XBP1s plays a role in inhibiting insulin signalling and contributes to the development of peripheral insulin resistance [18]. Treatment with small molecules that act as chaperones for proper protein folding results in the resolution of ER stress, normalisation of blood glucose and restoration of insulin sensitivity in the liver of ob/ob mice [43]. Similarly, overexpression of an ER chaperone, GRP150, results in improvements in glucose tolerance and insulin sensitivity in db/db mice [16]. Therefore, ER stress undoubtedly plays a role in insulin resistance. Insulin resistance is associated with cognitive decline in rodents and in epidemiological studies [44, 45]. Pharmacological inhibition of ER stress using chemical chaperones not only improves insulin sensitivity but also protects against cognitive deficits in mouse models of diabetes [19]. Thus, ER stress may contribute to cognitive deficits.
Collectively, our data suggest that hippocampal cells adapt to type 2 diabetes-induced prolonged ER stress with partial suppression of Xbp1 (Fig. 4). The decrease in the ratio of XBP1s to XBP1u, which indicates that there are higher levels of XBP1u compared with XBP1s, may be responsible for the suppression of the induction of Hspa5 and Hsp90b1 and contribute to the development of insulin resistance, which we have demonstrated in the hippocampi of db/db mice [46]. Although this study does not reveal the mechanism underlying the connection between ER stress and cognitive decline, it does provide a foundation for further exploration of the role of adaptation to hippocampal ER stress in vivo in neuronal insulin resistance and cognitive deficits. Our results provide the first evidence of ER stress in the hippocampus of a murine model of type 2 diabetes.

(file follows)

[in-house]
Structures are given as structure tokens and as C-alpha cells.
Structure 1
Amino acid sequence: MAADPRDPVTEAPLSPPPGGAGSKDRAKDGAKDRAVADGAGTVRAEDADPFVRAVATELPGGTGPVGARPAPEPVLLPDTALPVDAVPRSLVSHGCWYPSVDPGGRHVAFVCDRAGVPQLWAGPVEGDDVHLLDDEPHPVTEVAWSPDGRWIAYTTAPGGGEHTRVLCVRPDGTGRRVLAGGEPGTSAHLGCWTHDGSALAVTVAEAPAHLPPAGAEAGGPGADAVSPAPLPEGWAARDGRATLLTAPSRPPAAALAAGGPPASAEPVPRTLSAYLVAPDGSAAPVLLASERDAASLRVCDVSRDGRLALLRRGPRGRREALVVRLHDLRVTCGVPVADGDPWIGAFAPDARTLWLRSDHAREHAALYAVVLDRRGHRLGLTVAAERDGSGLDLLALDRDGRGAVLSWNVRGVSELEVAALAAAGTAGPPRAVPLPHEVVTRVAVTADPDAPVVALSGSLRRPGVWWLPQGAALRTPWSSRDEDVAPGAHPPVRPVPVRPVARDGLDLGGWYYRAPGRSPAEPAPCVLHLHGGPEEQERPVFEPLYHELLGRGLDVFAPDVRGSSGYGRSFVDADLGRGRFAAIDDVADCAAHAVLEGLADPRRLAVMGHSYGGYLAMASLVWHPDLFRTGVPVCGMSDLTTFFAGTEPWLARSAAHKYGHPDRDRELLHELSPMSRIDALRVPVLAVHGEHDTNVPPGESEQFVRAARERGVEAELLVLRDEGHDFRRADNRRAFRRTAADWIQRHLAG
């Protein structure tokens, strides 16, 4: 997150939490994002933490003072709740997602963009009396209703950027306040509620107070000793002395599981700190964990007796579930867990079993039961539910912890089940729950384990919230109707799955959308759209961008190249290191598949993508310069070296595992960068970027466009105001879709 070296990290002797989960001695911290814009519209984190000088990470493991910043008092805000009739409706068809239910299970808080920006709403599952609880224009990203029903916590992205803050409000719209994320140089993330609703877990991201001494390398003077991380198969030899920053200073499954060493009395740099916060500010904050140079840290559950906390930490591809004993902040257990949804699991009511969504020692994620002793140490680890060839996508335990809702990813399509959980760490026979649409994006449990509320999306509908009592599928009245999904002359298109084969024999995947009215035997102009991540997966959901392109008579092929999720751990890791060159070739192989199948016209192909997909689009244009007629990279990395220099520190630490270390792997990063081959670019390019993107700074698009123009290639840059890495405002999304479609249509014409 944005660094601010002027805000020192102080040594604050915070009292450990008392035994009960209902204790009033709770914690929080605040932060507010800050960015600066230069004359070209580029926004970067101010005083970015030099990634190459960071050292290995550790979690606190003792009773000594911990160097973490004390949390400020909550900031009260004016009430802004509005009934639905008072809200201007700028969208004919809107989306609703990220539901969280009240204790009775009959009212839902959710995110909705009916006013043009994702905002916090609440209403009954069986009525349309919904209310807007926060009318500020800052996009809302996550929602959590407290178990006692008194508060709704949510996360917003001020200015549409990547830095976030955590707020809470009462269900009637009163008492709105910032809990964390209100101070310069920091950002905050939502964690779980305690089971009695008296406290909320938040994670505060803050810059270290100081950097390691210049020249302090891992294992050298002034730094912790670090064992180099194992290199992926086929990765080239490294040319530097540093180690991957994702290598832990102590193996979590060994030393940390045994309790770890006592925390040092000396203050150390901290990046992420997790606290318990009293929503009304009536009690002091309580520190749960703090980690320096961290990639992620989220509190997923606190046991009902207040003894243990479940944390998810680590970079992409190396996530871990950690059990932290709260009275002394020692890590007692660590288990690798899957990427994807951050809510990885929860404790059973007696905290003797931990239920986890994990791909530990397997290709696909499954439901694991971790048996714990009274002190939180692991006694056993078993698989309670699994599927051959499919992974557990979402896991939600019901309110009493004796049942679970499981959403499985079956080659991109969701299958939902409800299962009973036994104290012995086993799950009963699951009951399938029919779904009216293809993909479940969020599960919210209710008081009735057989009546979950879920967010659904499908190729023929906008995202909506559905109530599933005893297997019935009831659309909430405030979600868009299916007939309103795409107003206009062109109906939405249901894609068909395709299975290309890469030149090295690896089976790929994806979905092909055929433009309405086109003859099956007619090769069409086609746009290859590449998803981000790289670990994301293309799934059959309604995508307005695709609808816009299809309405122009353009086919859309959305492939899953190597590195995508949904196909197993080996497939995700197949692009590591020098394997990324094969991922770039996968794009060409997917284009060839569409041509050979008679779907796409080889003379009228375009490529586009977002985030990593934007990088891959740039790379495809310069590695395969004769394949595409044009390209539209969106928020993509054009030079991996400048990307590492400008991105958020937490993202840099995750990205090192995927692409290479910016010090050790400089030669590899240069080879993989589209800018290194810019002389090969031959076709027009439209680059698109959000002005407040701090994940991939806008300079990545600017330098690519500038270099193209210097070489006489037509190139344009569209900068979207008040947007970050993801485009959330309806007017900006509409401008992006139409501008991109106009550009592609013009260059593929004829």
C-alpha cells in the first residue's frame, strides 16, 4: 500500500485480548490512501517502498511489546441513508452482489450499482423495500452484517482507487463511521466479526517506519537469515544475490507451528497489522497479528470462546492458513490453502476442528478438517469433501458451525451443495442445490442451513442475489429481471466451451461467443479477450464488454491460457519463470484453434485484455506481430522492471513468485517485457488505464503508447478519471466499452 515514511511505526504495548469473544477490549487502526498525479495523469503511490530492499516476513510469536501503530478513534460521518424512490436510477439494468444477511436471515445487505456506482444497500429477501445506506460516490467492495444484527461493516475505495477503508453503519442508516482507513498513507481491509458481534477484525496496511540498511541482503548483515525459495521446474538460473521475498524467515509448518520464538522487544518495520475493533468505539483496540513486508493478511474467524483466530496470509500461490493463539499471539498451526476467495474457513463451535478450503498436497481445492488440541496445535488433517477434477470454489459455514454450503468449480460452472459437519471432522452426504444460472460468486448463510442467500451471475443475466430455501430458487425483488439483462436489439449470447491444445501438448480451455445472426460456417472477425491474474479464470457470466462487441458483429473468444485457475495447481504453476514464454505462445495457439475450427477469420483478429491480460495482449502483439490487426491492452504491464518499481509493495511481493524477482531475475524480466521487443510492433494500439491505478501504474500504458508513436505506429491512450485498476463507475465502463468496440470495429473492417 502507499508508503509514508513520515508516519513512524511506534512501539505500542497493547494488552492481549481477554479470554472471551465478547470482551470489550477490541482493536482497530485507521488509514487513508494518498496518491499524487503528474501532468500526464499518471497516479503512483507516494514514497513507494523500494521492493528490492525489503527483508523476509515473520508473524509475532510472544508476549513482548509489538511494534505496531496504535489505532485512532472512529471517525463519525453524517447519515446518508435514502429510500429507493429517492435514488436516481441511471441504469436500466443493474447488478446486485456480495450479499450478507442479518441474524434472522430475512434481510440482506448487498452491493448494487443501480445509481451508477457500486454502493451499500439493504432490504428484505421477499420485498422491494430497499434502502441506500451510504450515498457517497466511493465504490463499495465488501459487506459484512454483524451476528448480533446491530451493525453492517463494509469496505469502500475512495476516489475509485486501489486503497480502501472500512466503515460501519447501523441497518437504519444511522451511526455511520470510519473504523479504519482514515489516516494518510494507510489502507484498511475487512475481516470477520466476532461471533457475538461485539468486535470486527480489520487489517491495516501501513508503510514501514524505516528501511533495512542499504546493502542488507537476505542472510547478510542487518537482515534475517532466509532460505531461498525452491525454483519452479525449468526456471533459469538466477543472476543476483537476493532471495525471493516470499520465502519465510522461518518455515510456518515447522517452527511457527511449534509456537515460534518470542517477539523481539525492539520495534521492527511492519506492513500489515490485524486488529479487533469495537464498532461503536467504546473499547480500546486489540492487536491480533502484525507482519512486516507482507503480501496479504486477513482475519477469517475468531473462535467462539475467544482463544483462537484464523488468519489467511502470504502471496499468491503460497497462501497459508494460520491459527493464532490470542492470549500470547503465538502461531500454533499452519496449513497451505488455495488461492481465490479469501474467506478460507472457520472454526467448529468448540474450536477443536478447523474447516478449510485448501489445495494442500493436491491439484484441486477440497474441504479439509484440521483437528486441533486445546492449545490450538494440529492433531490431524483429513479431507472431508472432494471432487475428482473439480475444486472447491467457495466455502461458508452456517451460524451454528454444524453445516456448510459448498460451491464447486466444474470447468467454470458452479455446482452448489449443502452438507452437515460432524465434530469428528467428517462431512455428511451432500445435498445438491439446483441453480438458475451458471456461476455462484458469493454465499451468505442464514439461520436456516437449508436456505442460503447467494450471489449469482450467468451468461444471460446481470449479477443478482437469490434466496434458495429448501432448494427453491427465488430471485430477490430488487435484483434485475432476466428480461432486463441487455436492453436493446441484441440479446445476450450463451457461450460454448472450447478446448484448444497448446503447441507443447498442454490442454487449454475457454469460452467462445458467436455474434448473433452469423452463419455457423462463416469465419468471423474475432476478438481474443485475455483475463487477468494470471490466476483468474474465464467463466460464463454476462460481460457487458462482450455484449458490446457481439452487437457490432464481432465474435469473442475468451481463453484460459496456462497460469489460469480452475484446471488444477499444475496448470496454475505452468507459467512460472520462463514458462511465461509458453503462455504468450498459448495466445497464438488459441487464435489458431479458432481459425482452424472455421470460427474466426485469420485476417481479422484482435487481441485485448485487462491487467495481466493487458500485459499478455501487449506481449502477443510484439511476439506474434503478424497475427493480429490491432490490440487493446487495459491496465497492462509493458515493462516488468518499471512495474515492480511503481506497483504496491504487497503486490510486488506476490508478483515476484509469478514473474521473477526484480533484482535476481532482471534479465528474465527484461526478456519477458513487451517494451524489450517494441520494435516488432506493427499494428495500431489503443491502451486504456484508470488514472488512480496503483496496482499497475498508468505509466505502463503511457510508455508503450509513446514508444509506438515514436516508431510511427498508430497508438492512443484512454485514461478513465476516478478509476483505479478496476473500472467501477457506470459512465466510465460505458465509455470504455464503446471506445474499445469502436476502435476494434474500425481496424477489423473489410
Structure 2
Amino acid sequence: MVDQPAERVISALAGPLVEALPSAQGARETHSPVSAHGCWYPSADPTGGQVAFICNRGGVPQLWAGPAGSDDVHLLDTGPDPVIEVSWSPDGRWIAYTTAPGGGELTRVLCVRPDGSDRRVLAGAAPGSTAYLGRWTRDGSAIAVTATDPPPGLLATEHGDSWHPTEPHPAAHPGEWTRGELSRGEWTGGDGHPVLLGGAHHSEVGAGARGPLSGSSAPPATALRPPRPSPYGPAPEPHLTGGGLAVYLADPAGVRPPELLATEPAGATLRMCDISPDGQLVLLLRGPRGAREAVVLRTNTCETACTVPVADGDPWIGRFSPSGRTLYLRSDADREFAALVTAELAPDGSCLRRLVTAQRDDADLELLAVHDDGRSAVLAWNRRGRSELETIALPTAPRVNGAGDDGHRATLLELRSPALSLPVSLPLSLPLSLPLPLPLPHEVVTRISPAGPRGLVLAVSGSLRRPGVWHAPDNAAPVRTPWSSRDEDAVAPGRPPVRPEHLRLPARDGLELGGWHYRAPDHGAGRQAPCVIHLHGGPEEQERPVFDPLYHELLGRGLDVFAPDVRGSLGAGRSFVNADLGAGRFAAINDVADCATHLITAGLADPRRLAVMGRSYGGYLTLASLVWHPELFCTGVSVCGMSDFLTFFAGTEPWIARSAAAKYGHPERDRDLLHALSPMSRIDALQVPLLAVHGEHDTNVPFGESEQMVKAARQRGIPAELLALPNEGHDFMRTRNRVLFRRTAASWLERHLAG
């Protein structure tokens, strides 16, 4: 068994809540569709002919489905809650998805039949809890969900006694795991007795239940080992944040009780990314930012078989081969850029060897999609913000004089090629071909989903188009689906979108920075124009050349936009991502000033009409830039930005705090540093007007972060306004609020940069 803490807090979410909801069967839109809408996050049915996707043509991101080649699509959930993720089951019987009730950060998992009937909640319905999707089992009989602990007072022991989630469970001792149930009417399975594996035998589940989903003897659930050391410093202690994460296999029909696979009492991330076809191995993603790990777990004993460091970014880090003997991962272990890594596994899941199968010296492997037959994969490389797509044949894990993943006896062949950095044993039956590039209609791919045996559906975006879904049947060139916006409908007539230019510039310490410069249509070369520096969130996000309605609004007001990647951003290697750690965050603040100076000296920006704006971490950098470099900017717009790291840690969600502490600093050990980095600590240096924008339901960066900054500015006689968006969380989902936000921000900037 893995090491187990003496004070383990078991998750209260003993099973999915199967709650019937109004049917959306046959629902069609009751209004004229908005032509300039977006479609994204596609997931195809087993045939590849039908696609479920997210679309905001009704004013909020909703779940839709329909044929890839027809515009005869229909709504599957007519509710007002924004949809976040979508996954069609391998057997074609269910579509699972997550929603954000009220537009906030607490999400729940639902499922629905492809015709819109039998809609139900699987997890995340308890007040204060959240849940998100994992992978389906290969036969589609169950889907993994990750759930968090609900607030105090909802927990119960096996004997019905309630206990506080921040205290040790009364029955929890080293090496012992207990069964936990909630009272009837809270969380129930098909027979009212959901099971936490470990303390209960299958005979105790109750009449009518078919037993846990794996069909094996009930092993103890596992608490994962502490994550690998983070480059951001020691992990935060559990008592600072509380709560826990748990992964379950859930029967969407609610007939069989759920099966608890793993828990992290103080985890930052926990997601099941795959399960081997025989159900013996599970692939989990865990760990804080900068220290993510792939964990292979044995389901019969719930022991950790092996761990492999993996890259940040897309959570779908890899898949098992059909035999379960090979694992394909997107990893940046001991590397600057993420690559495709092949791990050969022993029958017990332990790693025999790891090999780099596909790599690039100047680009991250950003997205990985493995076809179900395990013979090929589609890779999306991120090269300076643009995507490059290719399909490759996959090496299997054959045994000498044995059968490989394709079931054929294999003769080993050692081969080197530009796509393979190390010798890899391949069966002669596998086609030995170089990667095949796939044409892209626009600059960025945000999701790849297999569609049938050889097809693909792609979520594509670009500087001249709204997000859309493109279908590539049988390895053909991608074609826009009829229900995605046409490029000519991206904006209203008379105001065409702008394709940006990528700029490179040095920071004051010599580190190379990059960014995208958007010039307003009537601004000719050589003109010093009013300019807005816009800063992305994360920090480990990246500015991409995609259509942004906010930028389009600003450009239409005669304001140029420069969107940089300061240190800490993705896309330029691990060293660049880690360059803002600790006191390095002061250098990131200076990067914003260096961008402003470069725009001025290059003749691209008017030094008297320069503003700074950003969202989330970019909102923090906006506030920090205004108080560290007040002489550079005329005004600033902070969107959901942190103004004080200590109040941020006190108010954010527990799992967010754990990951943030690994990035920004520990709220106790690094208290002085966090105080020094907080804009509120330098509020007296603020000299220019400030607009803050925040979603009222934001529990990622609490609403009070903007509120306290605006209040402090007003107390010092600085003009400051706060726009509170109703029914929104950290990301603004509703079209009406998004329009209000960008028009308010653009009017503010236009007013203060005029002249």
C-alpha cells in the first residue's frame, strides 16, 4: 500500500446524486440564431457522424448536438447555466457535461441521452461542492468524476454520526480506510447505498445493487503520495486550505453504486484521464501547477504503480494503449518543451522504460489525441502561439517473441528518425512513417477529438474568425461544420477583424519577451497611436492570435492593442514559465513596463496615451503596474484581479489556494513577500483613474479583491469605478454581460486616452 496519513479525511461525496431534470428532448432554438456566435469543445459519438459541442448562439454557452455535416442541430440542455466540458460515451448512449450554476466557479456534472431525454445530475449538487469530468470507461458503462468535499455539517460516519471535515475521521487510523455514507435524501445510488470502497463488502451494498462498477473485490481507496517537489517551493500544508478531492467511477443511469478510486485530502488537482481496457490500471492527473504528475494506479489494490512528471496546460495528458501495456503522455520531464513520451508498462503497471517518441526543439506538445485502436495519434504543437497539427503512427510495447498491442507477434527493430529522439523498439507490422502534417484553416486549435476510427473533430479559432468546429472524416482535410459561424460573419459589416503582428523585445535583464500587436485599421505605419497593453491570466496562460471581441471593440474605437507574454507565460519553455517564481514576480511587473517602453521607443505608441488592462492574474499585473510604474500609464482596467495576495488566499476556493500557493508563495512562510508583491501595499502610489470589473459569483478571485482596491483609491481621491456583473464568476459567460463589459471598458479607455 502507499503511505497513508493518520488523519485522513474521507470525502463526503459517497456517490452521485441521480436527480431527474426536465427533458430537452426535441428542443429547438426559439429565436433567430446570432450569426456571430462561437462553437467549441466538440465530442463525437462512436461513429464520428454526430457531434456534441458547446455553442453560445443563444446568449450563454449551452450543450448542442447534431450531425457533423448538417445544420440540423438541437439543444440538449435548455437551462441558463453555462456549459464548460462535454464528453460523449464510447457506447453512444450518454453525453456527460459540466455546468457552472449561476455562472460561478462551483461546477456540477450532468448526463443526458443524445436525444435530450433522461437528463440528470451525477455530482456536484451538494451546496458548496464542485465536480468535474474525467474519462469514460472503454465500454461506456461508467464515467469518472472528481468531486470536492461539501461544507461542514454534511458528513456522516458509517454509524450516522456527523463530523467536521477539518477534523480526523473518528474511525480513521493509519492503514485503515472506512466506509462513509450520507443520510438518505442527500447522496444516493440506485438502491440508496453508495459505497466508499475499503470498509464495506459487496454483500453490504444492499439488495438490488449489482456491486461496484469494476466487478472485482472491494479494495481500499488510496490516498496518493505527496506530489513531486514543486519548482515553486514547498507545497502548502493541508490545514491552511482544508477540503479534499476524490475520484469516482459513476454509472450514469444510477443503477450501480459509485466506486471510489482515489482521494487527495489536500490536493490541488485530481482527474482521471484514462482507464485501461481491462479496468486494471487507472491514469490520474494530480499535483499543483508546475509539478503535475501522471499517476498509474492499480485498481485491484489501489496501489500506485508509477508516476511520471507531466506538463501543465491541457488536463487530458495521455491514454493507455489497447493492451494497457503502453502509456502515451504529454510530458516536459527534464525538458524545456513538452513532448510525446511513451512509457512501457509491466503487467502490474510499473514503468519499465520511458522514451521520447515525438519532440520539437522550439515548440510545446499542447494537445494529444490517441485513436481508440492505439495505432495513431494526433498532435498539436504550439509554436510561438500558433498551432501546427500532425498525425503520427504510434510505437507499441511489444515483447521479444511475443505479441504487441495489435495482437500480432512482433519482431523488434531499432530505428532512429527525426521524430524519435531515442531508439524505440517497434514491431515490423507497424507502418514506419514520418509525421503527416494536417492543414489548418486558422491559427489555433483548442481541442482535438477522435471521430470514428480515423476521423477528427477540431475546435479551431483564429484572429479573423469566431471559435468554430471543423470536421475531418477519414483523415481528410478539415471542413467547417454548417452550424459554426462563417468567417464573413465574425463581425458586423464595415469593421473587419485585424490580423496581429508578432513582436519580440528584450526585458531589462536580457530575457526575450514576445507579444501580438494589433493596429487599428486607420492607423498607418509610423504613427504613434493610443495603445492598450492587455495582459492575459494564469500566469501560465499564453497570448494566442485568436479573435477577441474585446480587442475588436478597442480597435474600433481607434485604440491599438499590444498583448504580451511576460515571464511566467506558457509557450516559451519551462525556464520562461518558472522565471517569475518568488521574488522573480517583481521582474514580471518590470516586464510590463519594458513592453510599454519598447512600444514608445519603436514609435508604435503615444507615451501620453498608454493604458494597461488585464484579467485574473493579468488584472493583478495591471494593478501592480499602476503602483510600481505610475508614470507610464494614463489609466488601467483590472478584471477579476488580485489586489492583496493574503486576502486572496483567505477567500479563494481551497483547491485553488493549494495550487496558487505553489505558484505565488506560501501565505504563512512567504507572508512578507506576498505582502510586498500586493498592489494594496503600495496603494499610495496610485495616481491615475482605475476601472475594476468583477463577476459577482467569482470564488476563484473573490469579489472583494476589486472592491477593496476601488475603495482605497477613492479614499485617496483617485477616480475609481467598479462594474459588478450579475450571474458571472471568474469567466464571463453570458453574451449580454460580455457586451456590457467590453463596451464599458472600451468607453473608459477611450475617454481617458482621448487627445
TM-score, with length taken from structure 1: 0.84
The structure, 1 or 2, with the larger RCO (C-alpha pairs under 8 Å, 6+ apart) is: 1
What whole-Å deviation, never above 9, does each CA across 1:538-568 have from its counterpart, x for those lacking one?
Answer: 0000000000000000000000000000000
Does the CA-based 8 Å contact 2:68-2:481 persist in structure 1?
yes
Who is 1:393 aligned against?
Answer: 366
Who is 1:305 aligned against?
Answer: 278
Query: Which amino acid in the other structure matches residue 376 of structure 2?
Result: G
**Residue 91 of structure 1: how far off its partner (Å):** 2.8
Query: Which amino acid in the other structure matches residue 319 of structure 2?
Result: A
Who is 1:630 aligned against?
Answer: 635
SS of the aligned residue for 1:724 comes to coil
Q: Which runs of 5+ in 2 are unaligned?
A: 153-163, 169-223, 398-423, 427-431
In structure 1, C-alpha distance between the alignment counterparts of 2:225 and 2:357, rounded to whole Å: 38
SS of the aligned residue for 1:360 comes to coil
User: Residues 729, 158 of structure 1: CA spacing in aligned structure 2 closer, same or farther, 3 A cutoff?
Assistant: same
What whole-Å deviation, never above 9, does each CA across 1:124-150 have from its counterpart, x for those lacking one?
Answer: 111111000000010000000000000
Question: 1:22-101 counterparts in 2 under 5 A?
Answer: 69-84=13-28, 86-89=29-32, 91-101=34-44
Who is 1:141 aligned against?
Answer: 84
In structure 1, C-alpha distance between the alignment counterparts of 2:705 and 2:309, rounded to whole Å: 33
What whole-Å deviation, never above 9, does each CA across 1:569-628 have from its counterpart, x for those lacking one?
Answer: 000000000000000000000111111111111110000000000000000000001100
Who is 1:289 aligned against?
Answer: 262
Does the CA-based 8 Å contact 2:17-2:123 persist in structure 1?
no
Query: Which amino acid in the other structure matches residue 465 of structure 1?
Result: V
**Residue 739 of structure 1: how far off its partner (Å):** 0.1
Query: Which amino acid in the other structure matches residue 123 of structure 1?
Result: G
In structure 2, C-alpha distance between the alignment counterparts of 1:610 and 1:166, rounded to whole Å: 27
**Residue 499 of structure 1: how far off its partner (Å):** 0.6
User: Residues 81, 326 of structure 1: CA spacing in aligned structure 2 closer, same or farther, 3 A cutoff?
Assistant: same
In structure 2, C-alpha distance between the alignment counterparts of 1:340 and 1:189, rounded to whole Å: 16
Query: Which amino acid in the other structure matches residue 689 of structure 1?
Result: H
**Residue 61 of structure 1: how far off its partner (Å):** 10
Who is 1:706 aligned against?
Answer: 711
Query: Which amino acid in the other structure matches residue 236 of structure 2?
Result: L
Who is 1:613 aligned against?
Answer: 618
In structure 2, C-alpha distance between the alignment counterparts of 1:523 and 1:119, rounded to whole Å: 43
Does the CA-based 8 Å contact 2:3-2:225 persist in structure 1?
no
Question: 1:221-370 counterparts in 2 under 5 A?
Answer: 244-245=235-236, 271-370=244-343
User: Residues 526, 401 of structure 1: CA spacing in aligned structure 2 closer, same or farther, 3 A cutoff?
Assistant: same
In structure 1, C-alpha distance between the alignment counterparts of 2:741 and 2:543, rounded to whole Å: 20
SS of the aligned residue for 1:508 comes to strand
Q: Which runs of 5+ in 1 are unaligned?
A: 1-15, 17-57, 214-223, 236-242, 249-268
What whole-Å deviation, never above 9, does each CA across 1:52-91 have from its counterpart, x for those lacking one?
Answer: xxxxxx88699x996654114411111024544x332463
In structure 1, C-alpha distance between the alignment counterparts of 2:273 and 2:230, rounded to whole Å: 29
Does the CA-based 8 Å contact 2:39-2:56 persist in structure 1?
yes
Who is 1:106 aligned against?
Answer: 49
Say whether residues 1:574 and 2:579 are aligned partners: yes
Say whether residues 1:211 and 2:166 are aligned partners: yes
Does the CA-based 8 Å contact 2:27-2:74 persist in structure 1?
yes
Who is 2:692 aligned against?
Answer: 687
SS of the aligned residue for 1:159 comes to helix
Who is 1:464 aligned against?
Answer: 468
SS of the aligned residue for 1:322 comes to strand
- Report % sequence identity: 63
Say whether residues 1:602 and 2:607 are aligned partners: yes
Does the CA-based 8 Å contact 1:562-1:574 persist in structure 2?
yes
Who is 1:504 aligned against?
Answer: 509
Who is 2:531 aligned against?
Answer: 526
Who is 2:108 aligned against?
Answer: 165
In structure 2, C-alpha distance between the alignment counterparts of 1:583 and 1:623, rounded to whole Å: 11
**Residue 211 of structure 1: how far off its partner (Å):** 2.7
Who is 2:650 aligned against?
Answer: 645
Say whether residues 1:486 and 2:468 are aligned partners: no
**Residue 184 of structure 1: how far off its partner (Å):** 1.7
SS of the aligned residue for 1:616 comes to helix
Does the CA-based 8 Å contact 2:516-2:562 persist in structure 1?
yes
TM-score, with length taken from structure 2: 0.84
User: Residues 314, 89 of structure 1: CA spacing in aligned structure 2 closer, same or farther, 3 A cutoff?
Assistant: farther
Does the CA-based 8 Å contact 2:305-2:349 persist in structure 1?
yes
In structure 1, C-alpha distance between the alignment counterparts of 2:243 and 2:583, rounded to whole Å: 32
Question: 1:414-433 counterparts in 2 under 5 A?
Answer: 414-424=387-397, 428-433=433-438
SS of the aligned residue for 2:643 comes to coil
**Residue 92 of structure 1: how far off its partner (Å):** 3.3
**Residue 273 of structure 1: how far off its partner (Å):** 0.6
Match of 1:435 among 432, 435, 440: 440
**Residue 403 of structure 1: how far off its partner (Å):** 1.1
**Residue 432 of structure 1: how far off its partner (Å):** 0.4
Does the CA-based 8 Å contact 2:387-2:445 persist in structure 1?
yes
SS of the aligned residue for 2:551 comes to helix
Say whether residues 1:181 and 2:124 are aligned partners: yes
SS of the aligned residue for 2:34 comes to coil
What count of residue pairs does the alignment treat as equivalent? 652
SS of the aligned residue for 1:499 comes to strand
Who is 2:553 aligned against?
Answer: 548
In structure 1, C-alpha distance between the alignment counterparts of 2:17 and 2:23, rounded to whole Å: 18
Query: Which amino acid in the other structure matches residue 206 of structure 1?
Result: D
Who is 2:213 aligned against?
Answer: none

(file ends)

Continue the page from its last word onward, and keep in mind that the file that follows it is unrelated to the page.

Fig. 4
Fig. 4
Representation of our proposed model of adaptation to ER stress in the diabetic hippocampus. An intron of the unspliced (u) variant of Xbp1 mRNA is excised during the response to ER stress, yielding spliced (s) Xbp1 mRNA. Xbp1s mRNA encodes the protein (more ...)
Supplementary Material
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Acknowledgments
The authors acknowledge A. Heacock for her expert editorial advice and the expertise of J. Hayes, S.S. Oh and C. Backus with regard to animal care and metabolic profiling. The authors also acknowledge the Michigan Diabetes Research and Training Center for HbA1c measurements.
Funding This work was supported by the National Institutes of Health (U54-DA021519 (NCIBI) to ELF); the Animal Models of Diabetic Complications Consortium (AMDCC U01-DK076160 to ELF); the Program for Neurology Research and Discovery; a Juvenile Diabetes Research Foundation Postdoctoral Fellowship (to JH) and an Aging Training Grant (NIA T32-AG000114 to CS-R).
Abbreviations
CDFChip definition file
CNSCentral nervous system
DAVIDDatabase for Annotation, Visualization and Integrated Discovery
DEGDifferentially expressed gene
EREndoplasmic reticulum
FCFold change
FDRFalse discovery rate
GAPDHGlyceraldehyde-3-phosphate dehydrogenase
GOGene Ontology
GRPGlucose-regulated protein
HSP90B1Heat shock protein 90 beta member 1
HSPA5Heat shock protein 5
NCBINational Center for Biotechnology Information
RMARobust multi-array average
UPRUnfolded protein response
XBP1X-box binding protein 1
XBP1sSpliced XBP1
XBP1uUnspliced XBP1

Footnotes
Electronic supplementary material The online version of this article (doi:10.1007/s00125-012-2573-6) contains peer-reviewed but unedited supplementary material, which is available to authorised users.
Duality of interest The authors declare that there is no duality of interest associated with this manuscript.
Contribution statement CS-R and SZ contributed to the conception and design of the study and the acquisition, analysis and interpretation of the data, drafted/revised the article and gave final approval of the version to be published. JH contributed to the analysis of data, revised the article and approved the final version. ELF, the guarantor, contributed to the conception of the study and interpretation of the data, revised the article and approved the final version.
Contributor Information
C. Sims-Robinson, Department of Neurology, University of Michigan, 5017 AATBSRB, 109 Zina Pitcher Place, Ann Arbor, MI 48109-2200, USA.
S. Zhao, Department of Neurology, University of Michigan, 5017 AATBSRB, 109 Zina Pitcher Place, Ann Arbor, MI 48109-2200, USA. Department of Electrical Engineering and Computer Science, University of Michigan, Ann Arbor, MI, USA.
J. Hur, Department of Neurology, University of Michigan, 5017 AATBSRB, 109 Zina Pitcher Place, Ann Arbor, MI 48109-2200, USA.
E. L. Feldman, Department of Neurology, University of Michigan, 5017 AATBSRB, 109 Zina Pitcher Place, Ann Arbor, MI 48109-2200, USA. National Center for Integrative Biomedical Informatics, University of Michigan, Ann Arbor, MI, USA.